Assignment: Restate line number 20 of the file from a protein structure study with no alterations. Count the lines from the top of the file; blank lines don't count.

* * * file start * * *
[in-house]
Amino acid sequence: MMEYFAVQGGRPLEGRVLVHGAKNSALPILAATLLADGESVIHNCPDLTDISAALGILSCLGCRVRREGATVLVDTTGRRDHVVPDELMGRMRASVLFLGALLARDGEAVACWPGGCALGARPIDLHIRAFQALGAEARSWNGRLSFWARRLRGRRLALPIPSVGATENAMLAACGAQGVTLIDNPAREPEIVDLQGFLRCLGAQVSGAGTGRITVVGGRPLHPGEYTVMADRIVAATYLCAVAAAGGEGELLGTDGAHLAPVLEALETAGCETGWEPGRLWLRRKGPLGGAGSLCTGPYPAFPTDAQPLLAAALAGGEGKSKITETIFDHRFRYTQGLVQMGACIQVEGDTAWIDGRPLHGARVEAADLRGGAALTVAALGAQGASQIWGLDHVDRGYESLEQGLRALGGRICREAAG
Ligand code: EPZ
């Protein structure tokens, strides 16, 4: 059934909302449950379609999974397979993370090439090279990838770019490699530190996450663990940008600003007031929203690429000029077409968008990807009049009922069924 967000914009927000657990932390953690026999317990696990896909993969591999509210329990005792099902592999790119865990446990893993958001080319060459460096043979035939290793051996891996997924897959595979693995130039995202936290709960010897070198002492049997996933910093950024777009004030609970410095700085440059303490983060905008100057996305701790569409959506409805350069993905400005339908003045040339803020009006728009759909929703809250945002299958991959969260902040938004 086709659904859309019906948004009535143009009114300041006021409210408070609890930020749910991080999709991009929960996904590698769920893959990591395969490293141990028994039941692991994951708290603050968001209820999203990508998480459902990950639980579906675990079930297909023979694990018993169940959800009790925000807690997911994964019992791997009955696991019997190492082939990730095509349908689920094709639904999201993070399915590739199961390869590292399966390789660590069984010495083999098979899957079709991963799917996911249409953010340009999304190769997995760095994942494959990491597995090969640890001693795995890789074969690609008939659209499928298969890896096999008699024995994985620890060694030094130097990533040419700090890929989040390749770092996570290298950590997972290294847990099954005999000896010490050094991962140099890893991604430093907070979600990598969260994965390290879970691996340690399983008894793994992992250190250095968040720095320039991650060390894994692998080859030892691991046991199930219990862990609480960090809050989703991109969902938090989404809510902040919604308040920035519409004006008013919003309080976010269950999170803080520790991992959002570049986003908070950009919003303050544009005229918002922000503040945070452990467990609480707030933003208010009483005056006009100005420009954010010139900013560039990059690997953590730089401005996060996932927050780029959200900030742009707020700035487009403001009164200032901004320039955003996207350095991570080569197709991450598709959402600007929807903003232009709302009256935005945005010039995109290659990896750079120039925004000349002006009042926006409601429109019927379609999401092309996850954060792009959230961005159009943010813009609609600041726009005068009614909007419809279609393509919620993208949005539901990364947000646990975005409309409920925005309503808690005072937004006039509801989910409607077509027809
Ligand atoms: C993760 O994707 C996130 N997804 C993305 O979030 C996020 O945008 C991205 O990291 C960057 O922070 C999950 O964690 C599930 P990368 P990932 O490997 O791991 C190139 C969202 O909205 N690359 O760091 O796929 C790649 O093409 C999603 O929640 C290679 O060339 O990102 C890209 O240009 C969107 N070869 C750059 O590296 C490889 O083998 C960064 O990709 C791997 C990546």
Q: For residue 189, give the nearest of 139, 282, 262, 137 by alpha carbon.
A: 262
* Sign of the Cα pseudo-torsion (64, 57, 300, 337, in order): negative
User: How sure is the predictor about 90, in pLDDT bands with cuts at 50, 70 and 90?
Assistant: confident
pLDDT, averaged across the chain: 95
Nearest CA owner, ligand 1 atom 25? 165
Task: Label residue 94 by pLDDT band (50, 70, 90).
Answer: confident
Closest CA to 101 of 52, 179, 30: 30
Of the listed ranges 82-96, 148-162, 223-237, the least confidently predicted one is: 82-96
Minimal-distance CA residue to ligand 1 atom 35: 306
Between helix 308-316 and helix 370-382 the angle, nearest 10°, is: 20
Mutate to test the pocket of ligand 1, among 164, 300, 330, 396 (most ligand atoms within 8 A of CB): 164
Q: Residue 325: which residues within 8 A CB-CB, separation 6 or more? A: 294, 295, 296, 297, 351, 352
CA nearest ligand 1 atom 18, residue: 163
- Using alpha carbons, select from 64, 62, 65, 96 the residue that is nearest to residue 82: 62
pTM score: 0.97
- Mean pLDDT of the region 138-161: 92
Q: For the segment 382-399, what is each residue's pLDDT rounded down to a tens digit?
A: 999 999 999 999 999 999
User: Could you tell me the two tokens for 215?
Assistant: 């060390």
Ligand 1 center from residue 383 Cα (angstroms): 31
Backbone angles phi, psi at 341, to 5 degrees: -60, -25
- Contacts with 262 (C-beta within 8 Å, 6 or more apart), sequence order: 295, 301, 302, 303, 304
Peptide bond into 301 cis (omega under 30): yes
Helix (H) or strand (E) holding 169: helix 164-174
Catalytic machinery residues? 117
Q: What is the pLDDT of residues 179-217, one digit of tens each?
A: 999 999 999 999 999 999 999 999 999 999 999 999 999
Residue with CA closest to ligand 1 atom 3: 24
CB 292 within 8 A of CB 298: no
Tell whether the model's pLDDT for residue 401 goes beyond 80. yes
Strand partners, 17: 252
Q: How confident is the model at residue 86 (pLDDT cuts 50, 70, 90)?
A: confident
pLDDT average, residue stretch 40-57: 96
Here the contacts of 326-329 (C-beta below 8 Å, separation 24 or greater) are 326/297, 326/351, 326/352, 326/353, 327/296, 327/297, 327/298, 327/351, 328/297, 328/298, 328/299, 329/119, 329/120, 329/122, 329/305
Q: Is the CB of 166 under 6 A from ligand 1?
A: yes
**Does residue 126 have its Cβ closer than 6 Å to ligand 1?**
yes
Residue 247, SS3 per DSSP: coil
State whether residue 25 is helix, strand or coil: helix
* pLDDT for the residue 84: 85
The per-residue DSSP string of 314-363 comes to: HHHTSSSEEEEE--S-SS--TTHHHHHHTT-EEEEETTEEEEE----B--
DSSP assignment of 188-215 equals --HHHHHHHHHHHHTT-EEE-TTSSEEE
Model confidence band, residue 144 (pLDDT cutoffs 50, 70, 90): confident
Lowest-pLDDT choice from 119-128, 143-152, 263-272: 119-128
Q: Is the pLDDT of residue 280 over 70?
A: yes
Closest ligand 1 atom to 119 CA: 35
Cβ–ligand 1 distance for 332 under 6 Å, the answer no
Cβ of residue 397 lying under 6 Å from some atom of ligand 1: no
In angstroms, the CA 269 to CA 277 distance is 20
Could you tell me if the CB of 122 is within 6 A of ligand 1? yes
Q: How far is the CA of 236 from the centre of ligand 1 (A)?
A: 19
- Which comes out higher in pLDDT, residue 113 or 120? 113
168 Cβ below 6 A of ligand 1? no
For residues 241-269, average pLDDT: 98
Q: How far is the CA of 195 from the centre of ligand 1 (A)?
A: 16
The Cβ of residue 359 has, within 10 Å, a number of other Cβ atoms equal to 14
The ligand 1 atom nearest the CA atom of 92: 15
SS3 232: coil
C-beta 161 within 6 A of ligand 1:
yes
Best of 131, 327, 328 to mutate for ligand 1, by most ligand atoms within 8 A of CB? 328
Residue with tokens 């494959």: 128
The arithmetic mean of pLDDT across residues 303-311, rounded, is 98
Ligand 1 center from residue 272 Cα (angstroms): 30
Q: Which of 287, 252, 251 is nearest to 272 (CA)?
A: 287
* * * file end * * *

Q: Residue 325: which residues within 8 A CB-CB, separation 6 or more? A: 294, 295, 296, 297, 351, 352